But I have to ask you how you came up with the ugly Pronto signals like

--Ana1
protocol = NEC1, device = 72, obc = 22

0000 006C 0024 0000 0158 00AC 0015 0016 0015 0016 0014 0016 0015 0041 0014 0016 0015 0016 0015 0041 0015 0016 0015 0041 0015 0041 0014 0041 0015 0016 0014 0041 0015 0041 0015 0016 0015 0041 0015 0016 0015 0041 0015 0041 0014 0016 0015 0041 0014 0016 0015 0016 0015 0016 0014 0041 0015 0016 0014 0016 0015 0041 0014 0016 0015 0041 0014 0041 0015 0041 0015 05FD 0157 0056 0015 04EC

containing both "0015" and "0016"!! I know of only one program that is doing its arithmetics that badly... and it is not IrScrutinizer.
OP | Post 11 made on Wednesday June 8, 2016 at 05:32
Smakodak
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Hi Barf

I'm not exactly sure of what you are asking, but every signal was captured/scrutinized with IrSrutinizer?

The remote that came with the amplifier is a very modest one: [Link: tinyurl.com]
For instance when pressing "Vol-" you sometimes get the function of "Ana3".
Also when capturing with IrSrutinizer I get different results every time I press the same button.

Here are 3 examples from pressing "Ana1":

0000 006C 0026 0000 0157 00AD 0015 0016 0015 0016 0015 0016 0015 0041 0015 0016 0015 0016 0015 0041 0015 0016 0015 0042 0015 0041 0015 0041 0015 0016 0015 0042 0015 0041 0015 0016 0015 0041 0015 0016 0015 0041 0015 0041 0015 0016 0015 0041 0015 0016 0015 0016 0015 0016 0015 0041 0015 0016 0015 0016 0015 0041 0015 0016 0015 0041 0015 0041 0015 0042 0014 05FD 0158 0056 0015 048B 0158 0056 0015 04EC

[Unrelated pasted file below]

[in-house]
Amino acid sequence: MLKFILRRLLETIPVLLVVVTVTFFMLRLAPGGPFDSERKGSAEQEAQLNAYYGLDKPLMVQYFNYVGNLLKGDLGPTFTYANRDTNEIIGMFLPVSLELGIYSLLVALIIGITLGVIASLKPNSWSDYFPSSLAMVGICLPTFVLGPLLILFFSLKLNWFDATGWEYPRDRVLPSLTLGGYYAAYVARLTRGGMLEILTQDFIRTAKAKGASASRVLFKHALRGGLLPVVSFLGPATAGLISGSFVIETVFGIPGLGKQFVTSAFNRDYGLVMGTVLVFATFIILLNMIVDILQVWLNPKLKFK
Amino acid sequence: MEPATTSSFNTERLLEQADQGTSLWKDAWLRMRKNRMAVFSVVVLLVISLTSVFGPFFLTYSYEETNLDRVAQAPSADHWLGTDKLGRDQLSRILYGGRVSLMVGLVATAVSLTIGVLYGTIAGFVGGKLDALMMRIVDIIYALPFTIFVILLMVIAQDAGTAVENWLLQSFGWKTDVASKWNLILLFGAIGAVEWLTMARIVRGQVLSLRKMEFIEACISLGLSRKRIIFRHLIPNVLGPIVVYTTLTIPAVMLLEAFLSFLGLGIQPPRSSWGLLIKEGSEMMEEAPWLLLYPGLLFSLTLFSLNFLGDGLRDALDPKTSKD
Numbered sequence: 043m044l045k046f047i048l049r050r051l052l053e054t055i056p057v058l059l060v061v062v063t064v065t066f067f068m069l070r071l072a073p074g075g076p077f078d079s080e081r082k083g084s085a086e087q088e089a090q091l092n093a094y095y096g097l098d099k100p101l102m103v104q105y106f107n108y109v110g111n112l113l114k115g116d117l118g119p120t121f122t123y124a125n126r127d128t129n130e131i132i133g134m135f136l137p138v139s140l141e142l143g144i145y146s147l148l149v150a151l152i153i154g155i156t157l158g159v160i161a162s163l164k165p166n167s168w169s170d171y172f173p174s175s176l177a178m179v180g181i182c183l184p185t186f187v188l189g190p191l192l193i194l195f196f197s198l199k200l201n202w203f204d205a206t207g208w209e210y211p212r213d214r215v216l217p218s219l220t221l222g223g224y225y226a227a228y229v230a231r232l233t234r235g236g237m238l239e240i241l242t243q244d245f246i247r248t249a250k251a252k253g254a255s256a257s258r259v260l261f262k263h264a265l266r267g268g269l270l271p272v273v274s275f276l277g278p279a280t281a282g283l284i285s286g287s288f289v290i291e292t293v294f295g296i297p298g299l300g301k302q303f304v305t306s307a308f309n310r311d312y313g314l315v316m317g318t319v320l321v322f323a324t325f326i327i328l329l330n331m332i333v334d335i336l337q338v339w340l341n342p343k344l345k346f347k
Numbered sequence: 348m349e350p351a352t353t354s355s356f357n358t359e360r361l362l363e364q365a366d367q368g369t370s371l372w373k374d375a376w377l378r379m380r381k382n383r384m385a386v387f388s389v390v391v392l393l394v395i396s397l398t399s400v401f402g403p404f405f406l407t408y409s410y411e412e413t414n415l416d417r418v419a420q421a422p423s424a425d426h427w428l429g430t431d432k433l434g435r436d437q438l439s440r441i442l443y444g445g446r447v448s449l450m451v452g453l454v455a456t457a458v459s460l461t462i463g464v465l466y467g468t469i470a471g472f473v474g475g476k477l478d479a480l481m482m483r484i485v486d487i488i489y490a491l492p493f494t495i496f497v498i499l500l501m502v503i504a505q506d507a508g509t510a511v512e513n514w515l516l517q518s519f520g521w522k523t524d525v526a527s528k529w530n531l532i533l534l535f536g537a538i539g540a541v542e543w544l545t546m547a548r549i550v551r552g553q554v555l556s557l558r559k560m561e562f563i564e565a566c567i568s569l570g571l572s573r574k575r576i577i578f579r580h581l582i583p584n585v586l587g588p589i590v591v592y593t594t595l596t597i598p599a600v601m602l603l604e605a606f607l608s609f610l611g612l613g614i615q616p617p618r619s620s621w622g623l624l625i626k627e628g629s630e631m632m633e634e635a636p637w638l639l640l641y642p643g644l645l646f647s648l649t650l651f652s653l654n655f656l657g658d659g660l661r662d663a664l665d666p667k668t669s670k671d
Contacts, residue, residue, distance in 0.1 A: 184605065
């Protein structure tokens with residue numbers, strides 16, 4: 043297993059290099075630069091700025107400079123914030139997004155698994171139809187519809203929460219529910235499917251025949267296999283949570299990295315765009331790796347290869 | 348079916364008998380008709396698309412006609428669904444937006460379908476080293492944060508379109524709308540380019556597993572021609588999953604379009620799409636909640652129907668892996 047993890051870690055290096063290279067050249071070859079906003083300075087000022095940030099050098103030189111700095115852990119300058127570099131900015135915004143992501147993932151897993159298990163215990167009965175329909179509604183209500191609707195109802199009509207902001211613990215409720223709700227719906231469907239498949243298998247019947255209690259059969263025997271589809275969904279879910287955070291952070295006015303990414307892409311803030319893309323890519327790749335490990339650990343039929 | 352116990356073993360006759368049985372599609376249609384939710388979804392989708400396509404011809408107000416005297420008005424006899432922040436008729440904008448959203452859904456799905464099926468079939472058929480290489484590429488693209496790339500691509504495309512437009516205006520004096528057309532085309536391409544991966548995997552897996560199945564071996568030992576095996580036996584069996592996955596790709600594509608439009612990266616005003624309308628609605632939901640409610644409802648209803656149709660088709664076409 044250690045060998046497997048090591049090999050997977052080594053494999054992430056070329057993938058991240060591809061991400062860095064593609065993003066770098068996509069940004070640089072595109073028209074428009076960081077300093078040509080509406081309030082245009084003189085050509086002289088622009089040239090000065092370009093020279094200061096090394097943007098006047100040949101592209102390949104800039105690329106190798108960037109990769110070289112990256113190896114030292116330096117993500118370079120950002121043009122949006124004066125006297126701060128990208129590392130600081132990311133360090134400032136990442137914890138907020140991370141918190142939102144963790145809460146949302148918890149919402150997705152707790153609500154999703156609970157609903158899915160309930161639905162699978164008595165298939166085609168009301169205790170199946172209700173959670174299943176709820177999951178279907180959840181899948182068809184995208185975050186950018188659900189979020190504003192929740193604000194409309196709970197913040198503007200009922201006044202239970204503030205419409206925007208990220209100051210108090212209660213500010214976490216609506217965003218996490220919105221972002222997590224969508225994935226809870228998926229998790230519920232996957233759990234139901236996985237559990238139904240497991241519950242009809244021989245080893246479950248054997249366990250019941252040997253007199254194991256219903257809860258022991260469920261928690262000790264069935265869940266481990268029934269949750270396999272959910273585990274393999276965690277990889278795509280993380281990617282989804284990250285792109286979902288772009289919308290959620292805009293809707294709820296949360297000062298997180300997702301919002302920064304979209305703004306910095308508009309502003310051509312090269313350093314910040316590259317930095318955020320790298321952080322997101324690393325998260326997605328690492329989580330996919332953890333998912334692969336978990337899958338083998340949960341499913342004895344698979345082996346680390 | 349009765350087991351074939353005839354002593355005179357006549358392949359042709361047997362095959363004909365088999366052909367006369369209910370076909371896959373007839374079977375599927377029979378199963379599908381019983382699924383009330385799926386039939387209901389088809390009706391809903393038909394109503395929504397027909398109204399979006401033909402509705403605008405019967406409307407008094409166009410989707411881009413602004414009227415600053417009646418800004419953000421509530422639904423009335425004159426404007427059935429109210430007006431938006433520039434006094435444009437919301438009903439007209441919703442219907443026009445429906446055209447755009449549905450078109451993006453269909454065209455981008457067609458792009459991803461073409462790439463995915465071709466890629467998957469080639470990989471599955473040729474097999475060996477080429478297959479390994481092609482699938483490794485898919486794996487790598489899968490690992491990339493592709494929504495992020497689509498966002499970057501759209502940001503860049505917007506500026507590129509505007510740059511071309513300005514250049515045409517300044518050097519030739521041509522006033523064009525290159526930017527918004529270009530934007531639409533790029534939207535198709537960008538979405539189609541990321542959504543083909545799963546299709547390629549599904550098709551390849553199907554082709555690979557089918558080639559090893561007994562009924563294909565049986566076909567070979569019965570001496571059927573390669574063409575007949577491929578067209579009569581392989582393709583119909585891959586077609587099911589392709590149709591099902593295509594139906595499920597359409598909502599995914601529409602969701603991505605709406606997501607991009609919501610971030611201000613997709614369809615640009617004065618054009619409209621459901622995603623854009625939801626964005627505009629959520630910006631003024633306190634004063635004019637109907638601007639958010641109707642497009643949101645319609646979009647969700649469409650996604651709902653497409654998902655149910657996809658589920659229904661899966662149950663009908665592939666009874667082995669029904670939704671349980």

0000 006C 0022 0000 0157 00AD 0015 0016 0015 0016 0015 0016 0014 0042 0015 0016 0015 0016 0015 0042 0015 0016 0015 0042 0013 0042 0014 0042 0015 0016 0015 0042 0014 0042 0015 0016 0014 0042 0015 0016 0015 0042 0013 0042 0015 0016 0014 0042 0016 0016 0015 0016 0015 0016 0014 0042 0015 0016 0015 0016 0014 0042 0015 0016 0014 0042 0014 0042 0014 0042 0014 04EC

0000 006C 0024 0000 0158 00AC 0015 0016 0015 0016 0015 0016 0015 0041 0014 0016 0015 0016 0014 0041 0015 0016 0015 0041 0015 0041 0015 0041 0014 0016 0015 0041 0014 0041 0015 0016 0014 0041 0015 0016 0014 0041 0015 0041 0015 0016 0015 0041 0015 0016 0015 0016 0015 0016 0015 0041 0014 0016 0015 0016 0015 0041 0014 0016 0015 0041 0014 0041 0014 0041 0015 05FC 0158 0057 0015 04EC

I hope this whas what you were asking about?!

Regards Anders
Post 12 made on Wednesday June 8, 2016 at 08:33
Barf
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161
Ok, then I guess my post was quite confusing... Sorry for that.

You probably captured the signals in "raw" mode. This is only in rare occurrences a sensible thing to do. All physical measurements, not only the capturing of IR signals, are associated with measurement errors. This is unavoidable, and a fact of life.